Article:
The nation's No. 6 team threw down 12 dunks, four by Kenyon Martin Jr.
, who scored a game-high 23 points, and two spectacular flushes each from Cassius Stanley
(20 points) and sophomore Amari Bailey
, in a wire-to-wire 76-52 blowout win Saturday over hometown Sheldon (Sacramento)
in the CIF Open Division finals at Golden 1 Center.
added 13 points for the Trailblazers (32-3), who won their second consecutive Open Division crown, about two hours after their girls squad also won California's top division championship. Boys coach Andrew Chevalier said he was emotional before the game even started because his daughter Ashley Chevalier
led the girls to their first Open state crown.
"I was emotional and in tears watching her play," he said. "But afterward, you blow it out and it's game time. I didn't have to say anything special to the boys."
For many of the seniors, this was the final act of one of the nation's most viral, successful and active shows. The roster is filled with sons of former NBA stars and its fan base regularly features Hollywood celebrities.
Though their play was sloppy early on — Chevalier said a slick new basketball contributed to turnovers early — the Trailblazers' final act did not disappoint.
Martin made 10 of 17 shots and added 12 rebounds, and Sierra Canyon connected on 31 of 65 shots, mostly in the paint.
It was the second straight championship win for the Trailblazers over Sheldon (24-11), which got 17 points by Marcus Bagley
, the brother of Sacramento Kings' rookie Marvin Bagley. Sierra Canyon dominated Sheldon on the glass with 50 rebounds to 25 for Sheldon.
Scotty Pippen Jr.
son of NBA Hall of Famer Scottie Pippen, finished with six points and a game-high seven assists.
Martin said his team needed no motivation speech to get going even after a exhausting rout through the Southern Section and Northern California playoffs.
"We just played our heart out," he said. "We didn't play our best at all. We had too many turnovers. But we played hard and we wanted to finish strong."
They did that, especially Martin, who put down three follow dunks. The dunk of the night was Bailey, a 6-4 freshman, who extended his left arm, went high above the rim and sent the ball down while being nudged. He fell flat on his back, causing a giant grown among the 6,013 fans in attendance. He got up and played 15 minutes, made 4-of-5 shots and scored nine points.
When asked if he realized that he put down the dunk of the game, Bailey said: "I don't even remember it," he said.
That drew a giant laugh in the media room.
Stanley, the high-flying 6-5 senior, who finished with three state championships, one with Harvard-Westlake said last year's championship was different because "We were just trying to prove to everyone we weren't just a circus," he said. "This year there was pressure to prove that last year was no fluke."
Coach Chevalier, exhausted from his involvement with both games and the long season, said it was harder to repeat than last year. "The road through pool play in the Southern Section was a monster," he said. "I'm exhausted. The boys aren't exhausted because they're teenagers."
Chevalier said he gave Saturday's performance a "C-minus," because of all the turnovers. But he gave them an "A" for finishing.
The culture of Sierra Canyon is a blessing and a curse. The pressure to keep up with the nationally ranked boys basketball, girls volleyball and football teams — among others — can be immense.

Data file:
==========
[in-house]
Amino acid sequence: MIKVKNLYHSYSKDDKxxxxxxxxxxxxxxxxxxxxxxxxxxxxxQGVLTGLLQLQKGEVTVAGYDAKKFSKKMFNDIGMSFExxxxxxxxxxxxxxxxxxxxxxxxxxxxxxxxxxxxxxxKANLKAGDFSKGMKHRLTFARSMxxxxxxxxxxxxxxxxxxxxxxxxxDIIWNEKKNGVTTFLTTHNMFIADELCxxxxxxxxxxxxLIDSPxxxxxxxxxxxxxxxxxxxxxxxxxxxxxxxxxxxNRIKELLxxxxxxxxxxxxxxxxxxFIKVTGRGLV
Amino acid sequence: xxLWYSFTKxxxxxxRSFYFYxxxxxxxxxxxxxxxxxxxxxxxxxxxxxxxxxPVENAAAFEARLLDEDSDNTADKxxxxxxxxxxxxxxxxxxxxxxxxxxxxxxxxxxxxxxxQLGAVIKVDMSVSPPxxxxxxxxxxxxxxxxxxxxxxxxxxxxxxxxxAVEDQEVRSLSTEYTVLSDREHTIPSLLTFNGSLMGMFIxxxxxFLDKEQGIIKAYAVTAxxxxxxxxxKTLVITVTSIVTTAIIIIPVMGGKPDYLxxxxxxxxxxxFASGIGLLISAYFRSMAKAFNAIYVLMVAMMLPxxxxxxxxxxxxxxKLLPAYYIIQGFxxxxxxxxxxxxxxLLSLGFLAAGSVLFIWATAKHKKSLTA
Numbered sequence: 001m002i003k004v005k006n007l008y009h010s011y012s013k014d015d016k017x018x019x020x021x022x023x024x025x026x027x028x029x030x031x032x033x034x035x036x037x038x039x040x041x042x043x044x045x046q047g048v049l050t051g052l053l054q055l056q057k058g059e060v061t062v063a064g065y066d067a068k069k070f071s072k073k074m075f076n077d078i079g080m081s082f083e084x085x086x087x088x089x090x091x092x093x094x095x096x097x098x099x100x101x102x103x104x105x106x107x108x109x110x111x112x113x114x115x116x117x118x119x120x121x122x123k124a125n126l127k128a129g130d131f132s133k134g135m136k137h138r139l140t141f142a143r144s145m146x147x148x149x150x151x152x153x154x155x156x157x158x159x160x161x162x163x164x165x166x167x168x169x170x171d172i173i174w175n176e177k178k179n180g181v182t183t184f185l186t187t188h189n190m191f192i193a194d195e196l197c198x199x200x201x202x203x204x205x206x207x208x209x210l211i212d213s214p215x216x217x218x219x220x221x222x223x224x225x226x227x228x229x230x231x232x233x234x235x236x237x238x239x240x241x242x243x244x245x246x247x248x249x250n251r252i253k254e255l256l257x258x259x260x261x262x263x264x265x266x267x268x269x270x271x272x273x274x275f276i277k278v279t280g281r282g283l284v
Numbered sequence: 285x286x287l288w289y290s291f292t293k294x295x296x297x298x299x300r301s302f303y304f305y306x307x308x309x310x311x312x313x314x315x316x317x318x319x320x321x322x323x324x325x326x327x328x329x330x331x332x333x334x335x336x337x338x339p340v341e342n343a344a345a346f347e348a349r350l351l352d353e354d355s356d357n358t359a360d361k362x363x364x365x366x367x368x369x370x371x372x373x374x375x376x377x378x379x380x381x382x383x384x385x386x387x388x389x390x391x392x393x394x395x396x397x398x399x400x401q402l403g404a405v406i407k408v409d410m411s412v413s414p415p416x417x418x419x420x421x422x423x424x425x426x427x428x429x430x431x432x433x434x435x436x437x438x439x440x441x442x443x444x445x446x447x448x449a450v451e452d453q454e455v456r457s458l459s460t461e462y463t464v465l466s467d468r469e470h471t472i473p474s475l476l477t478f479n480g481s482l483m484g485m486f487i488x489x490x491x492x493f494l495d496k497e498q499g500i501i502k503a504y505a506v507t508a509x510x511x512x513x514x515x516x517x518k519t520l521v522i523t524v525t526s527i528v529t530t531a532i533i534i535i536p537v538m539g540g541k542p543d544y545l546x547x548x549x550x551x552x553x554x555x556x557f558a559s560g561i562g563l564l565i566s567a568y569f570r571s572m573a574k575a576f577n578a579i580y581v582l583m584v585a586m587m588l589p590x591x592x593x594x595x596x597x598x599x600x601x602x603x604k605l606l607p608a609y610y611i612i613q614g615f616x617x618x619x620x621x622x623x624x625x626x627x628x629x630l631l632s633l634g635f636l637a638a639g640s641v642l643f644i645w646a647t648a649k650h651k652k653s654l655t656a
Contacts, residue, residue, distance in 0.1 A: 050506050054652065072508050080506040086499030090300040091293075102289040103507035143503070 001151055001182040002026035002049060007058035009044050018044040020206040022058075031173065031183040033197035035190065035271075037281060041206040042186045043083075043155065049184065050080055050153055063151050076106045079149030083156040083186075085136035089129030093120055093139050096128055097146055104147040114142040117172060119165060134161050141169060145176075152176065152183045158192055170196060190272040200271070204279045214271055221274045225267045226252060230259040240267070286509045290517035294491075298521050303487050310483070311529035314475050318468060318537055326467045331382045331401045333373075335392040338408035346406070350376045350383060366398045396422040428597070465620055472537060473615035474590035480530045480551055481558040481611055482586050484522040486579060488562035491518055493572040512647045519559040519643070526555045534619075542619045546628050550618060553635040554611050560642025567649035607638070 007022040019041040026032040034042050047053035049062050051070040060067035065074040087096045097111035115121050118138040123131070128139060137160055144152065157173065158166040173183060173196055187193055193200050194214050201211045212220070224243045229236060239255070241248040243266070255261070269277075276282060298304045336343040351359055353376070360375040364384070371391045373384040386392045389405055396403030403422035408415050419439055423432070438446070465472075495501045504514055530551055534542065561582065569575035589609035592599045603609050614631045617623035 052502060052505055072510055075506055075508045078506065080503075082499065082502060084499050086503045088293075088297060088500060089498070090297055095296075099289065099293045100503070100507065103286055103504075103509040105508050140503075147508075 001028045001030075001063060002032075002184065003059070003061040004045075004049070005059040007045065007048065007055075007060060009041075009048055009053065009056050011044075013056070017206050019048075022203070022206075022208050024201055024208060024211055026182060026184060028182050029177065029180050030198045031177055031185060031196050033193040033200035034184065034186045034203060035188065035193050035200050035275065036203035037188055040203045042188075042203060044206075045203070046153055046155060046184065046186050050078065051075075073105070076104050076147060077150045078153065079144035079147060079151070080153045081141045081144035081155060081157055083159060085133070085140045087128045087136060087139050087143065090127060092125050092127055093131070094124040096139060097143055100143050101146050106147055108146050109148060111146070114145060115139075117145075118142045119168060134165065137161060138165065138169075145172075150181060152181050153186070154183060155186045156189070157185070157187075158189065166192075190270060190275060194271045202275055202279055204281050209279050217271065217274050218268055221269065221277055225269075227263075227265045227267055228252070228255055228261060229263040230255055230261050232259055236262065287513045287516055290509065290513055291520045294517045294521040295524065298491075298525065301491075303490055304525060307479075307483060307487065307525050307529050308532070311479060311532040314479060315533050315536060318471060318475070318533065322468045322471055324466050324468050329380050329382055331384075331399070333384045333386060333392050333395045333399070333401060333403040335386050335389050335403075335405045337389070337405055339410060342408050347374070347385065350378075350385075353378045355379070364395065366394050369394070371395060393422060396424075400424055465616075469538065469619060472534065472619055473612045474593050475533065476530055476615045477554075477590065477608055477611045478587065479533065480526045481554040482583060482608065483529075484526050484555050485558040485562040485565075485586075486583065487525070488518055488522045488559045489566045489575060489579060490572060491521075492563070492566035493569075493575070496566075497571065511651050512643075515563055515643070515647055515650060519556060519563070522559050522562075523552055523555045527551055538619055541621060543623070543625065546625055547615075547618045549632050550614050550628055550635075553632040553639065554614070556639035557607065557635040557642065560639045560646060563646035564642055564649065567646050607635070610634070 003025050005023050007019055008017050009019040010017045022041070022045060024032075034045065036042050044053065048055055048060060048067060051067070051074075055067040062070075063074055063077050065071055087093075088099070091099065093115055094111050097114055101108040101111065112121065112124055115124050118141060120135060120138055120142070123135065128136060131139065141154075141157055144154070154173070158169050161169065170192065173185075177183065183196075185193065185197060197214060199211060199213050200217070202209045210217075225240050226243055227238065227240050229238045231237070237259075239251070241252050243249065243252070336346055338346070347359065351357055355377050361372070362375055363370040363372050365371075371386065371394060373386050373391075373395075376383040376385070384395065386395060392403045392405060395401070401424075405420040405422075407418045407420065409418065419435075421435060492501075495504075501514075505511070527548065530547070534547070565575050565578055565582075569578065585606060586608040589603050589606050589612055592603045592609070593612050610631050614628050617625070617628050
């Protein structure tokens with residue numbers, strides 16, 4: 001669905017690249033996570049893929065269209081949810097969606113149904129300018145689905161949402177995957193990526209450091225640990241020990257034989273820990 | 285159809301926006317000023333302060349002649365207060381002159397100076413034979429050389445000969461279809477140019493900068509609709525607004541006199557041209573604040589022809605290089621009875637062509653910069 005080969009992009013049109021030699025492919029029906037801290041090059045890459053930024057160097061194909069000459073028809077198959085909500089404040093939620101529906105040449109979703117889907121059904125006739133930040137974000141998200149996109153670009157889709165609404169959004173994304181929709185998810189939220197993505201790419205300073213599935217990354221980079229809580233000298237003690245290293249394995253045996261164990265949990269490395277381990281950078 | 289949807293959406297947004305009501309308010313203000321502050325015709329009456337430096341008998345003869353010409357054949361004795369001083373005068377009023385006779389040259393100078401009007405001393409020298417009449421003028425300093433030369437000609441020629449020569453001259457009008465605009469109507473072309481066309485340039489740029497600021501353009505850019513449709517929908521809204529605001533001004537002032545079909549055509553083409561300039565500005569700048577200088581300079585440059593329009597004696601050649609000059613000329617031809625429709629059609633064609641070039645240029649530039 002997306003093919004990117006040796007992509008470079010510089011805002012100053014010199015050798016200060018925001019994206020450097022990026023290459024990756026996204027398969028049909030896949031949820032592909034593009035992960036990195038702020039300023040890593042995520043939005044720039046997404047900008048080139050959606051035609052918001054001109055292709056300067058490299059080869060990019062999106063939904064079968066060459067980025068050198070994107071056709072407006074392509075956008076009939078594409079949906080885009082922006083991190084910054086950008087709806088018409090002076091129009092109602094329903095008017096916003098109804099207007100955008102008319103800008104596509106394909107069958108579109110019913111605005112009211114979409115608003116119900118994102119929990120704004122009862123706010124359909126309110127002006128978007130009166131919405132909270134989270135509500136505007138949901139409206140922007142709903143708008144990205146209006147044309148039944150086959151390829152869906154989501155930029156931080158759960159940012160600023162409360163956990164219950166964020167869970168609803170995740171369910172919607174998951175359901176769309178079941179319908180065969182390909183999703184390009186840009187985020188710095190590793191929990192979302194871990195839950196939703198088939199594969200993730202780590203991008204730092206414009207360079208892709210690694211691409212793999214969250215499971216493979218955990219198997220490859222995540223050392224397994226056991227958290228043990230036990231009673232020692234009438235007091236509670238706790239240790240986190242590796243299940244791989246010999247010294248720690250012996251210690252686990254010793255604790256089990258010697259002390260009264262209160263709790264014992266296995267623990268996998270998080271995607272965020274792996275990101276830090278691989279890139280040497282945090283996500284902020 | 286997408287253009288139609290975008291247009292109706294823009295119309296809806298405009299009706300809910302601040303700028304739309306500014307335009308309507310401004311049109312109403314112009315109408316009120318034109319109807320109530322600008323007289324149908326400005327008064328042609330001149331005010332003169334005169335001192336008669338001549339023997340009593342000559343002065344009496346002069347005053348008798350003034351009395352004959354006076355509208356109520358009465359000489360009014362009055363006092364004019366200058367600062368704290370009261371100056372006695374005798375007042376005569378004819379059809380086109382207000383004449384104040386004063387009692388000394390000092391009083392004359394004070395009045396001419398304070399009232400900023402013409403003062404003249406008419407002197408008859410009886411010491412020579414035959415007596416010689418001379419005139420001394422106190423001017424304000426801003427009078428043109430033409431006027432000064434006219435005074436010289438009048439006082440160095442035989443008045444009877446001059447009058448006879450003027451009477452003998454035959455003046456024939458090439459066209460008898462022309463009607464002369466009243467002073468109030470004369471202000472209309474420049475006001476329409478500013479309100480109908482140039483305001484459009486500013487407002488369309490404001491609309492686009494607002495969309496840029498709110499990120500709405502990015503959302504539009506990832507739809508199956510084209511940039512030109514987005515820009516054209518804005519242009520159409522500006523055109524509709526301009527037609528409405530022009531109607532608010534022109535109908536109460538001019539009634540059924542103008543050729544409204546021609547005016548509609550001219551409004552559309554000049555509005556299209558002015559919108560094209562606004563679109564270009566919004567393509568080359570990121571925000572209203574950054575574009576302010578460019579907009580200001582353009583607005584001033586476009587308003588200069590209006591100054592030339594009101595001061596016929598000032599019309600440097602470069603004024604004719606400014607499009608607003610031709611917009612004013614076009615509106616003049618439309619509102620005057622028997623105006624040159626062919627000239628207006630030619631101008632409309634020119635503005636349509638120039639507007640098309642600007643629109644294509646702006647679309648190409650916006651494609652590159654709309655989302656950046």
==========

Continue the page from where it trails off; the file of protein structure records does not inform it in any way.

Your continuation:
But girls basketball coach Alicia Komaki relishes it.
It led to the team's fourth state championships in four tries, but first since 2015. Behind 20 points and seven assists by Chevalier
, the Trailblazers, ranked 14th nationally by MaxPreps, won their first in the Open Division. They also got 17 points from Vanessa De Jesus
and 15 points and eight rebounds by Amanda Olinger
"The support we get from the administration and the success on campus is amazing," Komaki said. "But it had been three years since we last won a title. I was feeling a little uneasy. I always am pushing for our individual best.. ... I told them before the game that they were a special group. They went out and showed it."
The Trailblazers (33-1) outscored the Panthers (27-4) in every quarter to win going away. They had beat Pinewood 47-33 in 2013 to win the D5 finals.
.Besides playing at the top level, this game was much different, with plenty of offensive fireworks, including 17 points from Pinewood sophomore
and 12 by Kaitlyn Leung
The Panthers couldn’t get seniors Klara Astrom
, who had 27 points in the NorCal final, or Stanford-bound Hannah Jump
into the flow. They finished with a combined 15 points on a combined 5-of-15 from the floor.
Both were battling nagging injuries, but Pinewood coach Doc Scheppler offered no excuses.
“They did a terrific job scouting us, they have terrific athletes and we just ran out of magic,” Scheppler said. “The problem wasn’t our offense so much, we just couldn’t get enough stops.”
Pinewood cut double digit leads to 31-25 at halftime and 50-42 early in the fourth quarter, but the Trailblazers, ranked 14th in the country, always had an answer. It usually involved Chevalier and Angela Bacoulis
and De Jesus, who made three three-pointers each.
“I love my team and wouldn’t trade them for anyone,” Scheppler said. “It’s a big giant state we play in and we play very good girls basketball. To place second two years in a row is nothing to be ashamed of. We’ll be back.”
So will the Trailblazers, who made 28-of-61 from the floor, including 10-of-26 on three-pointers. They committed just nine turnovers and out-rebounded Pinewood 40-32.
"I'm here to push them to be the best team in the country," Alicia Komaki said. "I told them them before the season that they're the most talented team I've ever coached. But they were also the softest. (The second part) wasn't true, but I was trying to push them."